Recently the chief medical officer for England was flagging up the need to communicate to health professionals, what she sees as the serious and widespread problem of vitamin D deficiency.”We know a significant proportion of people in the UK probably have inadequate levels of vitamin D in their blood” she said.
Lack of sunshine exposure through indoor living, together with increased use of sun protection to avoid skin cancer are the factors most likely to be behind the increasing vitamin D deficiency. Having a darker or paler skin increases risk as do certain common medications that interfere with vitamin D metabolism (for example, antiseizure drugs, steroids e.g. for asthma or chronic inflammatory conditions)
Vitamin D is not easily found in the average diet in enough quantities. Salmon, mackerel, sardines, herring, trout, and fresh (not tinned) tuna are particularly rich sources, with wild salmon providing 500-1000IU vitamin D per 100g and farmed salmon providing 100-250IU per 100g serving. To put this in perspective, an adult would need to eat 2-4 servings of wild salmon a day to maintain daily vitamin D requirements.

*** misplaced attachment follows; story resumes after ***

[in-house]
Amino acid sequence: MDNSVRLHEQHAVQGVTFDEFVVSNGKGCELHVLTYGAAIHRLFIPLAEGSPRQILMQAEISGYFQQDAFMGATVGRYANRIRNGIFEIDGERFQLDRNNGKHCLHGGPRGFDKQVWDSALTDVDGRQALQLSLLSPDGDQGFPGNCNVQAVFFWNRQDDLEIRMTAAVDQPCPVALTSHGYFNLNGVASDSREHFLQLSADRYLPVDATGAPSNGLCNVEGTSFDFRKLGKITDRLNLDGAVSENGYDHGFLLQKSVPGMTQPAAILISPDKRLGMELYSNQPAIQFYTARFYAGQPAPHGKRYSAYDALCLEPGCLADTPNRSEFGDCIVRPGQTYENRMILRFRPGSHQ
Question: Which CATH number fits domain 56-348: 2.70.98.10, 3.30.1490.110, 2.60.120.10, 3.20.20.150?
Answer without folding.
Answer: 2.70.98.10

You can test your vitamin D levels inexpensively and then take an appropriate strength supplement, which will depend on your results. It's important also not to go from one extreme to the other and take too much vitamin D.
Supplements should contain vitamin D in the form of vitamin D3. More information on vitamin D here
In the modern world it's impossible to avoid coming into daily contact with toxins of some sort or another. Scientific research has linked exposure to environmental toxins with a range of chronic health problems. We are subjected to a daily cocktail of toxins, for example in household cleaning products, toiletries and cosmetics, traffic pollution and chemicals in our food to name but a few. But doing some internal housecleaning can make the body more efficient at expelling the toxins before they have time to do any damage. The main line of defence against toxins is healthy organs of elimination, which are the liver, kidneys, lungs, skin, bowel and lymphatic system.